The United States Supreme Court ruled Thursday that the Deferred Action for Childhood Arrivals, or DACA, introduced in 2012 during the Obama administration will be upheld after President Trump moved to end the program in 2017.
The Trump administration challenged the initiative, which “provided temporary, renewable relief from deportation” for kids brought to the U.S. by parents who did not follow the legal channels to enter the country, according to Law.
The measure would allow those children, many of who grew up in the United States, to keep their jobs and continue to apply for work permits without fear of sudden deportation.
According to America’s Society Council of the Americas, recipients are relinquished from the U.S government pursuing their deportation for two years intervals if they meet the criteria to be a recipient. They may apply for the renewal of their DACA status as the second year of protections is closing in order to keep their employment authorization.
Some recipients may be eligible for social security and medicare, as well as possible qualifications to get driver’s licenses and be eligible for in-state tuition costs.
DACA is not a path to citizenship.
According to the ruling, over 700,000 people were at risk of deportation if DACA was discontinued.
Here is who qualifies:
The program applies to childhood arrivals who were under age 31 in 2012; have continuously resided here since 2007; are current students, have completed high school, or are honorably discharged veterans; have not been convicted of any serious crimes; and do not threaten national security or public DHS concluded that individuals who meet these criteria warrant favorable treatment under the immigration laws because they “lacked the intent to violate the law,” are “productive” contributors to our society, and “know only this country as home.
The Coronavirus Pandemic May Have Been Taken Into Account as Part of The Decision Because Many Who Are Eligible for DACA are Health Care Workers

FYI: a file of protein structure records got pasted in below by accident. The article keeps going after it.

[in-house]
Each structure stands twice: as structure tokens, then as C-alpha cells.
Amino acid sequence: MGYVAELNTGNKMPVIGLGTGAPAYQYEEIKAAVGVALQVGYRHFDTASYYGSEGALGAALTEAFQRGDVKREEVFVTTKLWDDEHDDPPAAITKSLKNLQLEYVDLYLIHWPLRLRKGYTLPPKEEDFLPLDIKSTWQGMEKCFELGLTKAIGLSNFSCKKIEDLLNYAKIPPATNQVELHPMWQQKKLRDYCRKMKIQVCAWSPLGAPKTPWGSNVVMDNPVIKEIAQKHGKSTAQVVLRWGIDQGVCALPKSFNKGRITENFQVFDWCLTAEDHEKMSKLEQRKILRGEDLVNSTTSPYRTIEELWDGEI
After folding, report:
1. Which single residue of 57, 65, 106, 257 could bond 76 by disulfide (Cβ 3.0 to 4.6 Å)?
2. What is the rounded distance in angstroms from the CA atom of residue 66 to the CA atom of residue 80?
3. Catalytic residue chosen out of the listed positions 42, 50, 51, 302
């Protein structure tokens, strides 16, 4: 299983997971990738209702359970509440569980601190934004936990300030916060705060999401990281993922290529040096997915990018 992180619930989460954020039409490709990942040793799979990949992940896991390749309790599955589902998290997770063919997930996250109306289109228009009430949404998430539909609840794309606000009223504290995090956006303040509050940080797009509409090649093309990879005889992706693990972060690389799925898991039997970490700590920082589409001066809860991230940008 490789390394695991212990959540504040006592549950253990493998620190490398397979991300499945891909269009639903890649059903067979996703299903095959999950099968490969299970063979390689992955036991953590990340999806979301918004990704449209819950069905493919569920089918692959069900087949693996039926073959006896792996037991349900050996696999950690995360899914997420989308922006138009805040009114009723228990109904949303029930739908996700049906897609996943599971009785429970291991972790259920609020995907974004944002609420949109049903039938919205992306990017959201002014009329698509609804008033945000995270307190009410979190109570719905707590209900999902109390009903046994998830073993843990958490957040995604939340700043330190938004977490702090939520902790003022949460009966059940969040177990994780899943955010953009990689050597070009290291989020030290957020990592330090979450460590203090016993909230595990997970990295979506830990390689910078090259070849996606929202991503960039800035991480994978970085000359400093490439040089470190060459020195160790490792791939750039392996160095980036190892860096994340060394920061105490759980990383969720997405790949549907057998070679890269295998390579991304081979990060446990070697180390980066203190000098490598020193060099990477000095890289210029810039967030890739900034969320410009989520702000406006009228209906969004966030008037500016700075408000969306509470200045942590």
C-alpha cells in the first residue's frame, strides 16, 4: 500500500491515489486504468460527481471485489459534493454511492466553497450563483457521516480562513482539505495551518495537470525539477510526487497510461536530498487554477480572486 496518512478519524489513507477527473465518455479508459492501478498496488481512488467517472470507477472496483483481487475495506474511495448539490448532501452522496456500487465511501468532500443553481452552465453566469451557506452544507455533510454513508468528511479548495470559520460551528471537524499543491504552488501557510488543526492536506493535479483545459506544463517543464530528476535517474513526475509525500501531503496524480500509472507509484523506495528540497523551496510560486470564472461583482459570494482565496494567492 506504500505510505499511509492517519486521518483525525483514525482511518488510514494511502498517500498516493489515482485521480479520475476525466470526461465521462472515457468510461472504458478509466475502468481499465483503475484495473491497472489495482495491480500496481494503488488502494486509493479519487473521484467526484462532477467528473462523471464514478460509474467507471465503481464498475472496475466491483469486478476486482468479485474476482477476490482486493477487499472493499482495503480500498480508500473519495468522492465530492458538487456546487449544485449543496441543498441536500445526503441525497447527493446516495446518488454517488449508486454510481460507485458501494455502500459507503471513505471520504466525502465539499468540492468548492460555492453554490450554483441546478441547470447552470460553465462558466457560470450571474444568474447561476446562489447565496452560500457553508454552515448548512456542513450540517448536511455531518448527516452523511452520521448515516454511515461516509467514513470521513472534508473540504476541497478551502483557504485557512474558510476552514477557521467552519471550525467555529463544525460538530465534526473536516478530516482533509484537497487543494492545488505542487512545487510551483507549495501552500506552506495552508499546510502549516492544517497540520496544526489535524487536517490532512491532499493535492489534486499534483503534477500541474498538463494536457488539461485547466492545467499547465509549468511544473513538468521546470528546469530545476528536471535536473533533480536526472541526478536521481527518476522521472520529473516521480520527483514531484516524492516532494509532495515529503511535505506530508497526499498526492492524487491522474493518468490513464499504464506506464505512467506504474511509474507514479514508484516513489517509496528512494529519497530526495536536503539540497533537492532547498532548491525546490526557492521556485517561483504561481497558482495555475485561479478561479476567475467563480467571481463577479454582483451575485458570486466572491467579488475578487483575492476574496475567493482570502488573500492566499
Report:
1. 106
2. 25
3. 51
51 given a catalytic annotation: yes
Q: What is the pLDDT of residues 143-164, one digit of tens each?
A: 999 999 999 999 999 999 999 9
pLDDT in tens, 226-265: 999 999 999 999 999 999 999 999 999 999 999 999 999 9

The justices may have come to their 5-4 ruling in favor of keeping those eligible for DACA in part because of a post-argument brief that said if DACA was terminated it could mean losing 27,000 critical health care workers at a time when they are crucial.
Chad Wolf, Acting Secretary of Homeland Security wrote in the argument:
Healthcare providers on the frontlines of our nation’s fight against COVID-19 rely significantly upon DACA recipients to perform essential work. Approximately 27,000 DACA recipients are healthcare workers—including nurses, dentists, pharmacists,physician assistants, home health aides, technicians, and other staff—and nearly 200 are medical students,
residents, and physicians.
The country [is not] prepared to fill the loss that would result if DACA recipients were excluded from the health care workforce. The number of physicians in the United States has not kept pace with our growing and aging population and a commensurate increase in patients. . . . These shortages will be felt most keenly in medically underserved areas, such as rural settings and poor neighborhoods –precisely the areas in which DACA recipients are likeliest to work.
President Trump Called the Decision ‘Horrible’ & ‘Politically Charged’
For President Trump, who said he would end DACA as one of his campaign promises, tweeted about SCOTUS’s ruling.
He said, “These horrible & politically charged decisions coming out of the Supreme Court are shotgun blasts into the face of people that are proud to call themselves Republicans or Conservatives. We need more Justices or we will lose our 2nd. Amendment & everything else. Vote Trump 2020!”
Trump also accused the Supreme Court Justices of making decisions based on not liking him.
As part of the decision, Justice Sonyia Sotomayor, who ruled in favor of keeping DACA, points out how Trump referred to undocumented immigrants as criminals, which skews the perception of who DACA would protect, referring to “Trump’s 2017 statement comparing undocumented immigrants to ‘animals’ responsible for ‘the drugs, the gangs, the cartels, the crisis of smuggling and trafficking, [and] MS13.’”
Justice Clarence Thomas, who voted to rescind DACA, wrote, “Now, under the Trump administration, DHS has provided the most compelling reason to rescind DACA: The program was unlawful and would force DHS to continue acting unlawfully if it carried the program forward.”
Ultimately though, Chief Justice Roberts concluded that the acting secretary who motioned to rescind DACA violated the Administrative Procedure Act, and “therefore the rescission must be vacated.”